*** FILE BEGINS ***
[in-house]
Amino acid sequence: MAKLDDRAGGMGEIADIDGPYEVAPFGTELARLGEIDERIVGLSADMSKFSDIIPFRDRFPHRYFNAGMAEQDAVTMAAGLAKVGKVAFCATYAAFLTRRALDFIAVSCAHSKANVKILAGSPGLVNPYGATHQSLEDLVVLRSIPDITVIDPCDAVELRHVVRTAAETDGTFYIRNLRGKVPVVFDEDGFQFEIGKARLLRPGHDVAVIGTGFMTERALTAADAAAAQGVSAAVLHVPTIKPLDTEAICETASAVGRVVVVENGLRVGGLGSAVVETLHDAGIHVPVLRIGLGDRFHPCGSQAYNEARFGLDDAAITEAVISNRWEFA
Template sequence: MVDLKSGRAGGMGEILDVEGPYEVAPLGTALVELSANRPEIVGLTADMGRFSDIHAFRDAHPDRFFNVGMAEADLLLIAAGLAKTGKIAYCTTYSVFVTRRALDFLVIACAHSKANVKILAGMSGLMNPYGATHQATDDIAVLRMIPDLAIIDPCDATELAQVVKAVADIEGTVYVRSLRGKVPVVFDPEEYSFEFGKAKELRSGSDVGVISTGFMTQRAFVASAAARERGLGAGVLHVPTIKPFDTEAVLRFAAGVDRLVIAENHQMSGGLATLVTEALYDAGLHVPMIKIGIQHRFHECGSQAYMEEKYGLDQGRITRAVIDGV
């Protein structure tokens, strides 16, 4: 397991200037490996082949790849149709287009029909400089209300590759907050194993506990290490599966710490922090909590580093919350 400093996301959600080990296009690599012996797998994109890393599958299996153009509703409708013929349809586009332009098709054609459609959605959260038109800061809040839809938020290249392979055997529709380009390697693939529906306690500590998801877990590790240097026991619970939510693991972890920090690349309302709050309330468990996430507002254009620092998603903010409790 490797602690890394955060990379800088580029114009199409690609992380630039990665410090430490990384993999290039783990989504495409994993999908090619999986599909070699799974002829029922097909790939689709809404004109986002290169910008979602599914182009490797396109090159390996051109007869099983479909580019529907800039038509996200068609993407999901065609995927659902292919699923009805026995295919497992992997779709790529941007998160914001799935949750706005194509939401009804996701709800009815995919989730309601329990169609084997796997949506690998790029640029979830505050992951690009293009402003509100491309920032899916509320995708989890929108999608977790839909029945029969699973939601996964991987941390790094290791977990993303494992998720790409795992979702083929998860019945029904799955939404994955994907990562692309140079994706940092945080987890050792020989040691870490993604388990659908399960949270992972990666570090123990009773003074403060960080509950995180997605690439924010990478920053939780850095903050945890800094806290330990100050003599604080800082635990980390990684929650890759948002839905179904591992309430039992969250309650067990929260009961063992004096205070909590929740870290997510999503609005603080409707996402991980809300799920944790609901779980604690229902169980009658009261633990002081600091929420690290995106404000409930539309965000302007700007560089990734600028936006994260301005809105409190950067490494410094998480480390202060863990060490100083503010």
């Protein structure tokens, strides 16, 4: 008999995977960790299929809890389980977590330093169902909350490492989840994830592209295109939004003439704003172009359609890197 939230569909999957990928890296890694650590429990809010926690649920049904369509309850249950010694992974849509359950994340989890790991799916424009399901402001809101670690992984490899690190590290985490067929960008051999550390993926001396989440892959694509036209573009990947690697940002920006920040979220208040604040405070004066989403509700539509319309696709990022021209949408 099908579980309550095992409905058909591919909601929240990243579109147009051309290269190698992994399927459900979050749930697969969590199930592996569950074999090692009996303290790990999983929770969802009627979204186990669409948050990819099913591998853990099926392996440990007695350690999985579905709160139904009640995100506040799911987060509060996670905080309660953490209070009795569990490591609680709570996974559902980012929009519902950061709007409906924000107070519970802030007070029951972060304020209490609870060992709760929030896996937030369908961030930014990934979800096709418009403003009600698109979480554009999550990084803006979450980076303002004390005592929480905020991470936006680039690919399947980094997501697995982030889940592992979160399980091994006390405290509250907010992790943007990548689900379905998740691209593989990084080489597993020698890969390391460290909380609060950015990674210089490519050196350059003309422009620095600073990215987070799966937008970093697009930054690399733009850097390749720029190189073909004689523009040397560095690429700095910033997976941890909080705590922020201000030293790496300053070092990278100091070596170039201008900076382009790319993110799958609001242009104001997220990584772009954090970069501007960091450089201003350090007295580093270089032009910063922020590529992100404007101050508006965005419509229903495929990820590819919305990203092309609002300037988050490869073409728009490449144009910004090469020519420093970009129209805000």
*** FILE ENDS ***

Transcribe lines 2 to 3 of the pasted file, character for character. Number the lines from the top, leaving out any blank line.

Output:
Amino acid sequence: MAKLDDRAGGMGEIADIDGPYEVAPFGTELARLGEIDERIVGLSADMSKFSDIIPFRDRFPHRYFNAGMAEQDAVTMAAGLAKVGKVAFCATYAAFLTRRALDFIAVSCAHSKANVKILAGSPGLVNPYGATHQSLEDLVVLRSIPDITVIDPCDAVELRHVVRTAAETDGTFYIRNLRGKVPVVFDEDGFQFEIGKARLLRPGHDVAVIGTGFMTERALTAADAAAAQGVSAAVLHVPTIKPLDTEAICETASAVGRVVVVENGLRVGGLGSAVVETLHDAGIHVPVLRIGLGDRFHPCGSQAYNEARFGLDDAAITEAVISNRWEFA
Template sequence: MVDLKSGRAGGMGEILDVEGPYEVAPLGTALVELSANRPEIVGLTADMGRFSDIHAFRDAHPDRFFNVGMAEADLLLIAAGLAKTGKIAYCTTYSVFVTRRALDFLVIACAHSKANVKILAGMSGLMNPYGATHQATDDIAVLRMIPDLAIIDPCDATELAQVVKAVADIEGTVYVRSLRGKVPVVFDPEEYSFEFGKAKELRSGSDVGVISTGFMTQRAFVASAAARERGLGAGVLHVPTIKPFDTEAVLRFAAGVDRLVIAENHQMSGGLATLVTEALYDAGLHVPMIKIGIQHRFHECGSQAYMEEKYGLDQGRITRAVIDGV